Friday, January 15, 2010

Pandorum (2009; Christian Alvart)

My life is once again filled with classes and stress, so the intervals between reviews will increase. On the bright side, however, a few friends and myself decided to sit down and make a pact between us. During the year 2010, we will all watch three hundred films we've never seen and no less. This also gives us motive enough to do the other thing we wanted which is to try and be a little more fair. We've always neglected certain areas of cinema and skipped releases we "knew" were going to be awful, so this is our chance to turn that around. So while watching all these films will give me even less free time, what time I have I should be able to squeeze out a review or two because lord knows I'll have enough material to write about.

The earth is suffering extreme overcrowding, resources are low, and all that boring stuff. The solution? A shuttle sent out into space found a planet almost identical to ours and so a plan is set in action to have people shipped over there to make more room. Shit breaks, stuff goes wrong, and everything is dark and metallic.

To be absolutely counter intuitive, this isn't a film I was actually planning on skipping. When it first released I had no idea what it was and more or less just let it sail past me, but recent talks around me got me interested and so I thought I would check it out for myself.

First thing that caught my metaphorical eye was the soundtrack. While somewhat modern, it also felt like it had a tinge from the horror of old. While by no means fantastic or inspiring, it was a step above just throwing tense ambient sounds into the mix.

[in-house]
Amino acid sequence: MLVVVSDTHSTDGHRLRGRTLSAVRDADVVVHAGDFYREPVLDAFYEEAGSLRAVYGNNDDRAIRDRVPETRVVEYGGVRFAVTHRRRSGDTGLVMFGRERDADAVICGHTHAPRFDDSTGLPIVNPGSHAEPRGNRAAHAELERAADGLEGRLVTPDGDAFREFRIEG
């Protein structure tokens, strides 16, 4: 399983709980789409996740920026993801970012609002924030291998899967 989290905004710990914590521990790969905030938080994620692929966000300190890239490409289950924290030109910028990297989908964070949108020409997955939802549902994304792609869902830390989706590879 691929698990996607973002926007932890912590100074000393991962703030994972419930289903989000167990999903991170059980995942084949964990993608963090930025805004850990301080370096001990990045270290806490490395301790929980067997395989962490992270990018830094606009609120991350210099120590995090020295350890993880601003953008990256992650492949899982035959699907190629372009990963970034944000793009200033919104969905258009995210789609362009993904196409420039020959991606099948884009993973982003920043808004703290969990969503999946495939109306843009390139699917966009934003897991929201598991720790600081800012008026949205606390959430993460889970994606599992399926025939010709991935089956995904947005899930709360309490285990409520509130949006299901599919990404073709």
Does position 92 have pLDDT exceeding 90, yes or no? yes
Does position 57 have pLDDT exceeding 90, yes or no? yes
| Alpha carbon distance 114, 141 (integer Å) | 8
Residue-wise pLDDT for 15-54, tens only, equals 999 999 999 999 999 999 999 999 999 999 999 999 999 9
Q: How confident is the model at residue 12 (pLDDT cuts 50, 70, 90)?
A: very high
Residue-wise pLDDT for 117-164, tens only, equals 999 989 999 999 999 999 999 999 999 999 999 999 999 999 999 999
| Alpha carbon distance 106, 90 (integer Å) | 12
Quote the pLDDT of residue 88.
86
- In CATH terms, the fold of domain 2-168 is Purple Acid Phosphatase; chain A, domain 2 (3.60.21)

Second thing, the lighting. I understand a lot of the criticism of sci-fi horror, because visually many of them do look alike. The fact of that matter is, though, that how else would you design a tense atmosphere in a spaceship? The structure is reasonable considering the direction technology is going, and having the dank, dark steel corridor sort of triggers your reaction by itself now.

The most important part of this film to me, though, was the structure of it all. This film could have derailed itself in all sorts of ways, but it managed to keep itself tight throughout most of its playtime. I think the perfect comparison would be Neil Marshall's The Descent. Much like Marshall's work, Pandorum relies heavily on the mystery and darkness to propel fear, but after everything begins to clear up little by little, the film picks up the pace into more of an action setting. It all goes back to my belief that the less you see, the more you are afraid. The over exposure usually kills the tension in a horror film, but if you shift the whole film with the exposure, it all flows much easier with much more effect.

As far as the weaknesses go, while the characterization of each of the survivors was clear, they felt a little cliche. I don't want to delve too much into the story so you are able to go in as blind as I did, but one character in particular had an action sequence which, while it could have been effective in another film, just felt out of place in the reasonable reality that was already constructed so carefully. However, that being said, I would not be lying if I said that had someone wanted to shoot Alien now instead of so long ago, knowing the conventions of popular cinema today, it probably would have come out something like this.

Score: 4/5

Notes: Think The Descent with an Alien twist to it all.

Monday, January 4, 2010

The Lovely Bones (2009; Peter Jackson)

My feelings behind the announcement of this title were very strong. The idea that Peter Jackson might start honoring his humble beginnings by giving us another